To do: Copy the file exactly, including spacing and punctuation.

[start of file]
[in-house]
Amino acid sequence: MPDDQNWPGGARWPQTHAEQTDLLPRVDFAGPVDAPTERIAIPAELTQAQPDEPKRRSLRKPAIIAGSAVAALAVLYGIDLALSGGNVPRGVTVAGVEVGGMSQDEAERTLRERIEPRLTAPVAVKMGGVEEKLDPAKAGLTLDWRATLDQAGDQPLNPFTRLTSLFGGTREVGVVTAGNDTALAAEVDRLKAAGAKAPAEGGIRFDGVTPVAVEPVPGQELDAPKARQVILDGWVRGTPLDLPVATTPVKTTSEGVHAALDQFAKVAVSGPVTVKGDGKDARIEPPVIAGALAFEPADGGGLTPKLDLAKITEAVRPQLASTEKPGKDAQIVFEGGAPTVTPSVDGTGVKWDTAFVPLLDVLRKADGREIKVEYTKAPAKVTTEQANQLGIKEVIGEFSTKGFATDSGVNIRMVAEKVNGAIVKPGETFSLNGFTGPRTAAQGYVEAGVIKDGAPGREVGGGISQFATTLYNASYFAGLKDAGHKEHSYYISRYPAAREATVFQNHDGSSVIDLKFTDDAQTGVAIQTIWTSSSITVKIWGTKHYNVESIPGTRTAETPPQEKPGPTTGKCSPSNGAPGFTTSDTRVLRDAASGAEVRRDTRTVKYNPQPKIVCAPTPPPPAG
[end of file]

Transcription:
[in-house]
Amino acid sequence: MPDDQNWPGGARWPQTHAEQTDLLPRVDFAGPVDAPTERIAIPAELTQAQPDEPKRRSLRKPAIIAGSAVAALAVLYGIDLALSGGNVPRGVTVAGVEVGGMSQDEAERTLRERIEPRLTAPVAVKMGGVEEKLDPAKAGLTLDWRATLDQAGDQPLNPFTRLTSLFGGTREVGVVTAGNDTALAAEVDRLKAAGAKAPAEGGIRFDGVTPVAVEPVPGQELDAPKARQVILDGWVRGTPLDLPVATTPVKTTSEGVHAALDQFAKVAVSGPVTVKGDGKDARIEPPVIAGALAFEPADGGGLTPKLDLAKITEAVRPQLASTEKPGKDAQIVFEGGAPTVTPSVDGTGVKWDTAFVPLLDVLRKADGREIKVEYTKAPAKVTTEQANQLGIKEVIGEFSTKGFATDSGVNIRMVAEKVNGAIVKPGETFSLNGFTGPRTAAQGYVEAGVIKDGAPGREVGGGISQFATTLYNASYFAGLKDAGHKEHSYYISRYPAAREATVFQNHDGSSVIDLKFTDDAQTGVAIQTIWTSSSITVKIWGTKHYNVESIPGTRTAETPPQEKPGPTTGKCSPSNGAPGFTTSDTRVLRDAASGAEVRRDTRTVKYNPQPKIVCAPTPPPPAG